Saturday, October 15, 2011

Fabric that is all my own....

Stenciling on fabric is a great way to build a stash of fabric that is uniquely yours. I use a lot of commercial fabrics but the ones I like most are the ones I've "made" myself using a variety of surface design techniques.

My last post was about using Pebeo Steacolor textile paints (which, I think act more as easy to use dyes) and sunshine to stencil designs on fabric. I wound up with a nice pile of fabrics to take to the next step, adding another layer of stencil design with acrylic paint.
I used Liquitex acrylic paints and their textile medium, mixing about equal parts of paint and medium. Using straight acrylic paint works also but the "hand" of the fabric is significantly changed by straight acrylic paint. I like using the textile medium because the paint is a little more transluscent and the hand of the fabric does not become stiff.

I use stencil brushes to apply the paint, tapping & swirling the paint through the stencil to get good detail. After dipping the brush in the paint, it is important to "tap off" most of the paint onto a paper towel. You should be using a semi-dry looking brush - too much paint leads to globs of paint seeping under the stencil and ruins the design. On some of the pieces, I used a nearly dry stencil brush with remnants of black paint to get the shaded effect.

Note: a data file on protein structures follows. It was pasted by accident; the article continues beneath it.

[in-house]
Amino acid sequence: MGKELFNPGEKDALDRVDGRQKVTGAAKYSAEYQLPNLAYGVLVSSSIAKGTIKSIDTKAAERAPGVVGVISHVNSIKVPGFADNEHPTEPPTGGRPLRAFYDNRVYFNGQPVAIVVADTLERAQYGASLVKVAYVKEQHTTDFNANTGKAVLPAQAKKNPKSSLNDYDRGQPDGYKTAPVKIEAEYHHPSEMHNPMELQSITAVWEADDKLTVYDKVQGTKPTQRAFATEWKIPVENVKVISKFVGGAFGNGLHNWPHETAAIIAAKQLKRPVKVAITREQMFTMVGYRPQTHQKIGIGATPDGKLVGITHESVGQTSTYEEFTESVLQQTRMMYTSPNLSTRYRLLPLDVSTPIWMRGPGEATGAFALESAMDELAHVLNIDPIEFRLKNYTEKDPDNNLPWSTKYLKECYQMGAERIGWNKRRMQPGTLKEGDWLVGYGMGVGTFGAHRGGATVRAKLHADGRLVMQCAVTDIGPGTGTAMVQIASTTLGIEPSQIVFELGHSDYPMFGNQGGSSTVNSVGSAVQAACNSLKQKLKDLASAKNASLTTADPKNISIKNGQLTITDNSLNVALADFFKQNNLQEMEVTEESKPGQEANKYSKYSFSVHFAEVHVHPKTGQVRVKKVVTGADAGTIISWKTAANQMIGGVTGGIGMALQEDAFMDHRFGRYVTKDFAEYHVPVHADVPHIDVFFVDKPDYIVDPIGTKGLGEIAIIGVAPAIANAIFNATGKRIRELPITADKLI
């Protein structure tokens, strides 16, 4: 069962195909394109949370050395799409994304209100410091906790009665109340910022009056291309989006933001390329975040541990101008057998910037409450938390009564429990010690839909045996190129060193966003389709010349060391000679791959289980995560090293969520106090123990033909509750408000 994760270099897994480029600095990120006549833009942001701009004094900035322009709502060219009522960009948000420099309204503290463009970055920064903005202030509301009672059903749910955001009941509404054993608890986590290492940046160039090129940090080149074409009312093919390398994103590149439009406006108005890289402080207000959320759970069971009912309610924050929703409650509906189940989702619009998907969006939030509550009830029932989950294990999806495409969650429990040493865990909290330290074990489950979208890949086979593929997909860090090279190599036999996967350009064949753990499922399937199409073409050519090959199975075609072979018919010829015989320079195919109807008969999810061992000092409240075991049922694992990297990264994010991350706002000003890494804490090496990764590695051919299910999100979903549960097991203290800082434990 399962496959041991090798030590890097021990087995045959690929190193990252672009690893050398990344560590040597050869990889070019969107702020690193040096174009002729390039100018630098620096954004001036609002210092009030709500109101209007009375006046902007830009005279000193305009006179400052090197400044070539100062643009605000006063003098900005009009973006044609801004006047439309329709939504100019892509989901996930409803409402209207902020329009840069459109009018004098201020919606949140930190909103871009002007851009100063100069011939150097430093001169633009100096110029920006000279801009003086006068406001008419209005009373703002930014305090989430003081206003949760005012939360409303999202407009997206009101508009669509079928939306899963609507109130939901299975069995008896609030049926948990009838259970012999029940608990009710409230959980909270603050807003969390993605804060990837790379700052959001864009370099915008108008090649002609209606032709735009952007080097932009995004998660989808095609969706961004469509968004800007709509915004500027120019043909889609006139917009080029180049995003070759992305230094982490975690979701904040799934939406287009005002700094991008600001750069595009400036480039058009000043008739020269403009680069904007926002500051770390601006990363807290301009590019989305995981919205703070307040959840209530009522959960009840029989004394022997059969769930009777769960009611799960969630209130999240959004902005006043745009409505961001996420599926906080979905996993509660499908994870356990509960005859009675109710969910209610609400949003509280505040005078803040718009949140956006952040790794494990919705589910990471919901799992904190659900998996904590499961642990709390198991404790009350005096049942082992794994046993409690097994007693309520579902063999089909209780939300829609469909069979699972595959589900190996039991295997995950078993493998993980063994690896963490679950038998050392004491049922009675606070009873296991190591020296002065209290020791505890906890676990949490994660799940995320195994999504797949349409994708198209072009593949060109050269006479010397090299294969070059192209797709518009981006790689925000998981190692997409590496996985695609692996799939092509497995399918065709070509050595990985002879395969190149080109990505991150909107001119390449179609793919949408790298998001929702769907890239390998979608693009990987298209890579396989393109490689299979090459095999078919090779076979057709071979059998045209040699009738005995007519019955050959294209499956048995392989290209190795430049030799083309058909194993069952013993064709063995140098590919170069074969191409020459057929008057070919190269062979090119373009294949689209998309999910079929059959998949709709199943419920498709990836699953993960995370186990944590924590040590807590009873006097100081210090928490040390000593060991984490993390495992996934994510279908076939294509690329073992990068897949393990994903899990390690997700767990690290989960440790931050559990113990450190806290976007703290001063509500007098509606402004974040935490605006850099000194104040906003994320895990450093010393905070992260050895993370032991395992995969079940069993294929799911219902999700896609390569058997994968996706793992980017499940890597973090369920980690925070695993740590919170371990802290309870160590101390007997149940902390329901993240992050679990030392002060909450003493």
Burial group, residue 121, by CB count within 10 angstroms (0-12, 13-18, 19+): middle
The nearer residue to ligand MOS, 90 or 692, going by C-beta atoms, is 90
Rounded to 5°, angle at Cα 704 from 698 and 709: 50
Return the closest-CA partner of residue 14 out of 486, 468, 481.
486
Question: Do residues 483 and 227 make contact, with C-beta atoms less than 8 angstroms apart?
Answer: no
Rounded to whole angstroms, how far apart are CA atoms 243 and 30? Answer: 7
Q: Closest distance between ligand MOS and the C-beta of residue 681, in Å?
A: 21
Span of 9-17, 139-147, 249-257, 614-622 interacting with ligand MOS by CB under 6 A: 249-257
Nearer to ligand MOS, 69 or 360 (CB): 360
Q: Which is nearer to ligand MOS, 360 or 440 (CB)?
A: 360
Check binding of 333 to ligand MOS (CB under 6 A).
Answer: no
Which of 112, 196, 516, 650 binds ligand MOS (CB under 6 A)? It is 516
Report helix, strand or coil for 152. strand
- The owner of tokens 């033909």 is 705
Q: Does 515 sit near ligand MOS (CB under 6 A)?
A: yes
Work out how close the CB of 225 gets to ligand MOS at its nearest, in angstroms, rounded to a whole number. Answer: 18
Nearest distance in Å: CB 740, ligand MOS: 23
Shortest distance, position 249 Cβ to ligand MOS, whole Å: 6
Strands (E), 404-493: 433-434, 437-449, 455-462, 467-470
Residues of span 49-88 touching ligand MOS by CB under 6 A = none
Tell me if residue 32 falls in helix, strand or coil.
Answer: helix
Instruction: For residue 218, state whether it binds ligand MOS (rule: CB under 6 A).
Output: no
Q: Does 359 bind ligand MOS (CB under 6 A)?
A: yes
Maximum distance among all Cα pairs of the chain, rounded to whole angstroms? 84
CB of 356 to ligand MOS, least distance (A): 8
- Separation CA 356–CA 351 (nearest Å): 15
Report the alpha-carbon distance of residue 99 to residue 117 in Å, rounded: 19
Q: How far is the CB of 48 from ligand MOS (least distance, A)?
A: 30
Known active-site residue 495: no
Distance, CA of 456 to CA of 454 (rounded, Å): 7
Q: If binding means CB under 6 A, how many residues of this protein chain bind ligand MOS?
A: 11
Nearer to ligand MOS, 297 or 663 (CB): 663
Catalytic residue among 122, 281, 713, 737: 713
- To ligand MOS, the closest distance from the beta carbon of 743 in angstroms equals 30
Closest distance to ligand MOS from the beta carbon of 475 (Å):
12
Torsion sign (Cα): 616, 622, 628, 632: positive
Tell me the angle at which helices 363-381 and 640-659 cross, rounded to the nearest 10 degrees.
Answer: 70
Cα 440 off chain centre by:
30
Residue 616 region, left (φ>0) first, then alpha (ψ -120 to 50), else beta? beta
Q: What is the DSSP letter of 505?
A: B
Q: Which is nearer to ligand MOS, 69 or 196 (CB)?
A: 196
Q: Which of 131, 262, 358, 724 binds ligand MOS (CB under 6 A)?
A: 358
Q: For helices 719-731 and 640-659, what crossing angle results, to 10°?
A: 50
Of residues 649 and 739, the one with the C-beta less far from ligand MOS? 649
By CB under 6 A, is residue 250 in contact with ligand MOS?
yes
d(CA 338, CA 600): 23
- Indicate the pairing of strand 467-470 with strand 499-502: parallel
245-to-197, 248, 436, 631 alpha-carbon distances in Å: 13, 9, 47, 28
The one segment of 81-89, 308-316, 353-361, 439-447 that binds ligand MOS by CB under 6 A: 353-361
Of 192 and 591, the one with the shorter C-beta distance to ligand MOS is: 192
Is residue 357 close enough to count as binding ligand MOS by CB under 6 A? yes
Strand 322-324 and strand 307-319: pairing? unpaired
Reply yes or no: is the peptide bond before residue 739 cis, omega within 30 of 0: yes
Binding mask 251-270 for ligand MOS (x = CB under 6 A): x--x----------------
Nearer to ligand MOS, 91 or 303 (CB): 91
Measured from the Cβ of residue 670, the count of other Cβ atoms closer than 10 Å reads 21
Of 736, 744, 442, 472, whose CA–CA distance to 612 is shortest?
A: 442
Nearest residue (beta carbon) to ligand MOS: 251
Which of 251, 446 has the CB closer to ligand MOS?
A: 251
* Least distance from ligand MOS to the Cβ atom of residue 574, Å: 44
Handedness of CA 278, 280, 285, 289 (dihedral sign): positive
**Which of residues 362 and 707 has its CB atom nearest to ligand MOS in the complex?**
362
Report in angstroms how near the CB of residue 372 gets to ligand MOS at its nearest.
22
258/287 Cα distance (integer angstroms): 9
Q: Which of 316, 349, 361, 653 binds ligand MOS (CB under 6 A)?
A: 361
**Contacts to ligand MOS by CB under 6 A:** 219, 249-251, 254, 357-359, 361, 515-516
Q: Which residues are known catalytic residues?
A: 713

Next, I plan to do a little discharging with bleach pen and maybe do a little stamping with some stamps I made using fun foam. After that, I'll be using the fabric to make some small quilts and a tote bag or two. I'll post some pictures of the finished fabrics next weekend and of the finished projects shortly thereafter.

Tuesday, October 11, 2011

Sunny Saturday Art-play

On a recent sunny Saturday, I set up a few tables in my backyard and brought a bunch of art supplies out to play... new stencils from The Crafter's Workshop, Pebeo Setacolor textile paints, sea salt, and a lot of mixing cups, sponge brushes & mixing sticks. I had several yards of PFD (prepared for dying) white fabric that I tore into 14" squares.

I mixed up small batches of the textile paints & used the sponge brush to apply it to a square of fabric - sometimes using a solid color, other times adding splotches of another color or applying a couple of colors in stripes. I then placed the wet fabric on another table & placed a stencil on top, gently pressing the stencil to the wet, paint saturated fabric. After an hour or so, I lifted the stencil & moved the fabric to the shade. The result was a perfect outline of the stencil design with the positive space in the original paint color & the negative space lighter, from its exposure to the sun. I sometimes threw on some sea salt which creates a lovely mottled effect.

I spent the entire day mixing up colors and playing with the stencils. I've wound up with a nice pile of fabrics to use in my next steps, overpainting and bleaching. I'm going to work on that over the next few days, I'll post pictures of some of the finished fabrics.

Great news for anyone looking for The Crafter's Workshop stencils, they are now being sold at both Michael's and A.C. Moore! You can see the full line and some inspirational photos and ideas at . It is a wholesale company so you can't buy their products there but you will be able to find a list of where they are sold.

My next post will include pictures of the fabrics after I do some overpainting & bleaching. After that, I'll show you what I did with the fabrics!